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Ferreira v. Arpaio

United States District Court, D. Arizona

November 16, 2017

Shari Ferreira, et al., Plaintiffs,
v.
Joseph M Arpaio, et al., Defendants.

          ORDER

          James A. Teilborg Senior United States District Judge.

         Pending before the Court is Defendants' Motion to Exclude Plaintiffs' Expert, Pablo Stewart, M.D. (Doc. 213), filed on July 31, 2017. Having considered both parties' briefs, the Court now rules on the motion.

         I. BACKGROUND

         The Court need not set forth a full recitation of the facts underlying this matter. For purposes of adjudicating Defendants' pending Motion to Exclude Dr. Stewart, a brief recital of the following facts, taken from Plaintiff Shari Ferreira's Third Amended Complaint is sufficient. Plaintiffs brought this civil rights action on behalf of decedent Zachary Daughtry in her capacity as personal representative of the estate. (Doc. 12 at 1). Daughtry was arrested in December of 2013 and booked into the 4th Avenue Jail complex. (Id. at 8). On July 9, 2014, Defendant Ryan Bates was placed in a cell with Daughtry. (Id. at 9). Officers passed their cell later that evening to find Bates standing over Daughtry, who was unresponsive and laying in a puddle of blood. (Id. at 12). Daughtry ultimately passed away from his injuries on July 20, 2014. (Id. at 15).

         On November 21, 2016, Plaintiffs disclosed the report of their psychiatric expert, Dr. Pablo Stewart. On February 10, 2017, Defendants responded by filing a Motion to Strike Expert Report of Pablo Stewart. (Doc. 149). Defendants argued that Dr. Stewart's findings were conclusory, in addition to being displeased with his incorporation of over 360 pages of affidavits from another case by reference. Defendants argued that this disclosure violated Federal Rule of Civil Procedure (“FRCP”) 26(a)(2)(B). A discovery hearing was held on March 22, 2017 in part to discuss Defendants' Motion to Strike. At the hearing, the Court denied Defendants' Motion to Strike, but gave Plaintiffs an opportunity to redo Dr. Stewart's report. Plaintiffs ultimately refiled Dr. Stewart's revised report on April 7, 2017. Defendants subsequently filed the Motion to Exclude currently at issue on July 31, 2017. (Doc. 213). Plaintiffs filed a Response on September 5, 2017, (Doc. 224), to which Defendants filed a Reply on September 12, 2017. (Doc. 226).

         II. LEGAL STANDARDS

         Defendants move to exclude Plaintiffs' psychiatric expert, Dr. Pablo Stewart. Defendants contend that Dr. Stewart must be excluded because his expert report fails to comply with FRCP 26 and that his opinions are inadmissible pursuant to Federal Rule of Evidence (“FRE”) 702. The Court will discuss each of the standards under these rules in turn.

         A. Federal Rule of Civil Procedure 26

         FRCP 26 requires that if a party desires to have a witness present expert testimony, the party must disclose both the expert and provide a written report outlining information about the expert and her testimony. Fed. R. Civ. Pro. 26(a)(2)(A)-(B). The Rule requires, in relevant part, that the expert report must include:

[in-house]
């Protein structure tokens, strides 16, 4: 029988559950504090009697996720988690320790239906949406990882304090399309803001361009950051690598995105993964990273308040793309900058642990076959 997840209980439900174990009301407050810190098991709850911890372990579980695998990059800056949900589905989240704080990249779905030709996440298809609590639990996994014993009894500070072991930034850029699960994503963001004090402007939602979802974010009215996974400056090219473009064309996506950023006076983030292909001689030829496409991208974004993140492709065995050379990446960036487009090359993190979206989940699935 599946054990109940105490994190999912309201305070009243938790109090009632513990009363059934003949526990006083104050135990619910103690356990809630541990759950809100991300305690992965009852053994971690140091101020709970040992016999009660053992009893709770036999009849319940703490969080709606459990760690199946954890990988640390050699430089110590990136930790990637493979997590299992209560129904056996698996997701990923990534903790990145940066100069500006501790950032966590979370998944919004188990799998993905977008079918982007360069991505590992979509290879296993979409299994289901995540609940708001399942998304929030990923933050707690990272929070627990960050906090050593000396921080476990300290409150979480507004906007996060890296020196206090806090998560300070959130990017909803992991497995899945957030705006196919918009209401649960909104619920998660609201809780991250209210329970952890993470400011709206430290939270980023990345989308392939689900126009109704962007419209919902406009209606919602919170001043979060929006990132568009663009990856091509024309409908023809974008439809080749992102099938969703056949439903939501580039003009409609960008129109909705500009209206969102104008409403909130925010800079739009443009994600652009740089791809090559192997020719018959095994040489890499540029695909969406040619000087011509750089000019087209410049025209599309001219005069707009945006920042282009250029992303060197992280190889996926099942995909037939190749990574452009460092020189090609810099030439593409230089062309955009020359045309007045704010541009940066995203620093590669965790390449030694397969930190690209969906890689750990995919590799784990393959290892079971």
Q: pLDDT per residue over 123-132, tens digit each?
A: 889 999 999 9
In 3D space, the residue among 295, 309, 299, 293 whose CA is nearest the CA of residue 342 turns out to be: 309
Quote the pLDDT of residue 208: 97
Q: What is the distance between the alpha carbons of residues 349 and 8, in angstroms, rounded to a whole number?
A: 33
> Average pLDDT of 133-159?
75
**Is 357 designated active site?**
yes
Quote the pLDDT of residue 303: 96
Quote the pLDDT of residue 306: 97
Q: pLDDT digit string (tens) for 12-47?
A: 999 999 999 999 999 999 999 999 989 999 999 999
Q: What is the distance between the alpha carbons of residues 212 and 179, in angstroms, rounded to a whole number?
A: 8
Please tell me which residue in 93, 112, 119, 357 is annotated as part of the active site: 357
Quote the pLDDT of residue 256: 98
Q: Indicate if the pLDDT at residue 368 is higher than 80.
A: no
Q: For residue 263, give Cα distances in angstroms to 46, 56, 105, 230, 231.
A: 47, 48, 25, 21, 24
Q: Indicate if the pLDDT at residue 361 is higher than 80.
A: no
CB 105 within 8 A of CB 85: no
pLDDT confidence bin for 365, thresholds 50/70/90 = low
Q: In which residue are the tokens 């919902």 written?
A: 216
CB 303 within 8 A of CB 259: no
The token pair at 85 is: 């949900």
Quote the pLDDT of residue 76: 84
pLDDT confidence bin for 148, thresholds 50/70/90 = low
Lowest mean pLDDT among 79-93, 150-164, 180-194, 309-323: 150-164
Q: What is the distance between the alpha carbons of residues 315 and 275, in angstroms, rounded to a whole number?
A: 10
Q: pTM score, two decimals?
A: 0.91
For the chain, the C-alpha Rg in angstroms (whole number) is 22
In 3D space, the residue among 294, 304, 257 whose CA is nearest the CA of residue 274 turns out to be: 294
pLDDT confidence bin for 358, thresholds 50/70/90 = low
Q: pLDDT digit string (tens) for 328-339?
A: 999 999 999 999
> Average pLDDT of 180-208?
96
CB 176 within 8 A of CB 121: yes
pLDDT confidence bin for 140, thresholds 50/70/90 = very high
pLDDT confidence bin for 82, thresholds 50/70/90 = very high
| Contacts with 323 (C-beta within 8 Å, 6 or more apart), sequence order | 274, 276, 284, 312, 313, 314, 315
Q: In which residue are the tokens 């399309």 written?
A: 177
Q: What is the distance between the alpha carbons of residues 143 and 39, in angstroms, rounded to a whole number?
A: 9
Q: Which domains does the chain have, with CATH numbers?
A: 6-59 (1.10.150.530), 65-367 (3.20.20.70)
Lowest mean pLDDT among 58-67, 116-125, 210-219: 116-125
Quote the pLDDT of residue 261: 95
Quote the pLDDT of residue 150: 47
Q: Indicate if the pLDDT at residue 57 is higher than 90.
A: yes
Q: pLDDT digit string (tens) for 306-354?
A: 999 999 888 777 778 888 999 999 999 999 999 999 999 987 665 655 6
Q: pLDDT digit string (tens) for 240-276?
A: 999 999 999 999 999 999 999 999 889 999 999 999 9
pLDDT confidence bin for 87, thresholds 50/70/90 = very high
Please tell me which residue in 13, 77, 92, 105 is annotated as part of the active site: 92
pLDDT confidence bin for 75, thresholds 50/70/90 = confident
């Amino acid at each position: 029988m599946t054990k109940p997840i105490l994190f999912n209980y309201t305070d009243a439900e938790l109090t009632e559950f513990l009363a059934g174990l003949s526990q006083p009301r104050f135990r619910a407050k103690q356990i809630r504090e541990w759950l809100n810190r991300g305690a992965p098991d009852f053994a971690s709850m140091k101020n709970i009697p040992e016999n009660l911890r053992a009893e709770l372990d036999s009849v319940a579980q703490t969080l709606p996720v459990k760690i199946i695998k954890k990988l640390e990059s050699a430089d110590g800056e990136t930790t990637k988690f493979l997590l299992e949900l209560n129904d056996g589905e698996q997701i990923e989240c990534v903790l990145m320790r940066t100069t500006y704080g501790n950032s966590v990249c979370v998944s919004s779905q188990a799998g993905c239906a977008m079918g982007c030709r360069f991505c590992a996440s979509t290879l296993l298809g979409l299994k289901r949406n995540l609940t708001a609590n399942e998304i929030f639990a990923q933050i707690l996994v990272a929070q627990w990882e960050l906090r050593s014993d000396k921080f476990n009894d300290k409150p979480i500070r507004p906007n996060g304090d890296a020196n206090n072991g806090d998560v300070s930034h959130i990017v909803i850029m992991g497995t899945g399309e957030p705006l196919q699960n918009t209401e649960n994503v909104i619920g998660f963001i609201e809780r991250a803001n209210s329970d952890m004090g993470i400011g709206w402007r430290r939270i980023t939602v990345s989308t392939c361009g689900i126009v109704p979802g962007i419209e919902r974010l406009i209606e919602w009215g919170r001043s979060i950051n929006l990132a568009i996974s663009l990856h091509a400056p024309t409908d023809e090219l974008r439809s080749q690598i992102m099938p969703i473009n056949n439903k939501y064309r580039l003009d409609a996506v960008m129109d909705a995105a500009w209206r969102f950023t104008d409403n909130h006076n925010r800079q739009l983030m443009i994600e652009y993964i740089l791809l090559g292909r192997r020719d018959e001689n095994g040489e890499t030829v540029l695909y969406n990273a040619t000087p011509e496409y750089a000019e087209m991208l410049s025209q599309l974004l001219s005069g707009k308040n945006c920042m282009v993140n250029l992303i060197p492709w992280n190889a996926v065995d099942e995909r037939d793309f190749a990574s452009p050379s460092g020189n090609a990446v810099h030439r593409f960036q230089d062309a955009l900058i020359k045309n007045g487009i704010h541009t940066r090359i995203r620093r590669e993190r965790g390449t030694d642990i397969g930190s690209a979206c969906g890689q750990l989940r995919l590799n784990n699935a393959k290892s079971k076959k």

(i) a complete statement of all opinions the witness will express and the basis and reasons for them;
(ii) the facts or data considered by the witness in forming them . . . .

Fed. R. Civ. P. 26(a)(2)(B).

         “Bald conclusions, brief statements of ultimate conclusions with no explanation of the basis and reasons therefore, or reports omitting a statement of how the facts support the conclusions do not satisfy Rule 26(a)(2)(B).” Izzo v. Wal-Mart Stores, Inc., No. 2:15-CV-01142-JAD-NJK, 2016 WL 593532, at *2 (D. Nev. Feb. 11, 2016) (citations omitted). Exclusion of expert testimony “is an appropriate remedy for failing to fulfill the required disclosure requirements of Rule 26(a).” Yeti by Molly, Ltd. v. Deckers Outdoor Corp., 259 F.3d 1101, 1106 (9th Cir. 2001). However, questions related to the factual basis of an expert's testimony go “to the credibility of the testimony, not the admissibility, and it is up to the opposing party to examine the factual basis for the opinion in cross-examination.” Children's Broadcasting Corp. v. Walt Disney Co., 357 F.3d 860, 865 (9th Cir. 2004).

         B. Federal Rule of Evidence 702 and Daubert

         In addition to FRCP 26 considerations, when either party attempts to offer expert testimony through an expert witness, the Court “must determine whether the expert witness is qualified and has specialized knowledge that will assist a trier of fact to understand the evidence or to determine a fact in issue.” McKendall v. Crown Control Corp., 122 F.3d 803, 805 (9th Cir. 1997) (citing Fed.R.Evid. 702; Daubert v. Merrell Dow Pharmaceuticals, Inc., 509 U.S. 579, 591 (1993) (“Daubert I”)). The Court's analysis is made by comparing the proposed expert testimony to the requirements of FRE 702. FRE 702 provides that:

         A witness who is qualified by knowledge, skill, experience, training, or education may testify in the form of an opinion or otherwise if:

a. the expert's scientific, technical, or other specialized knowledge will help the trier of fact to understand the evidence or to determine a fact in issue;
b. the testimony is based on sufficient facts or data;
c. the testimony is the product of reliable principles and ...

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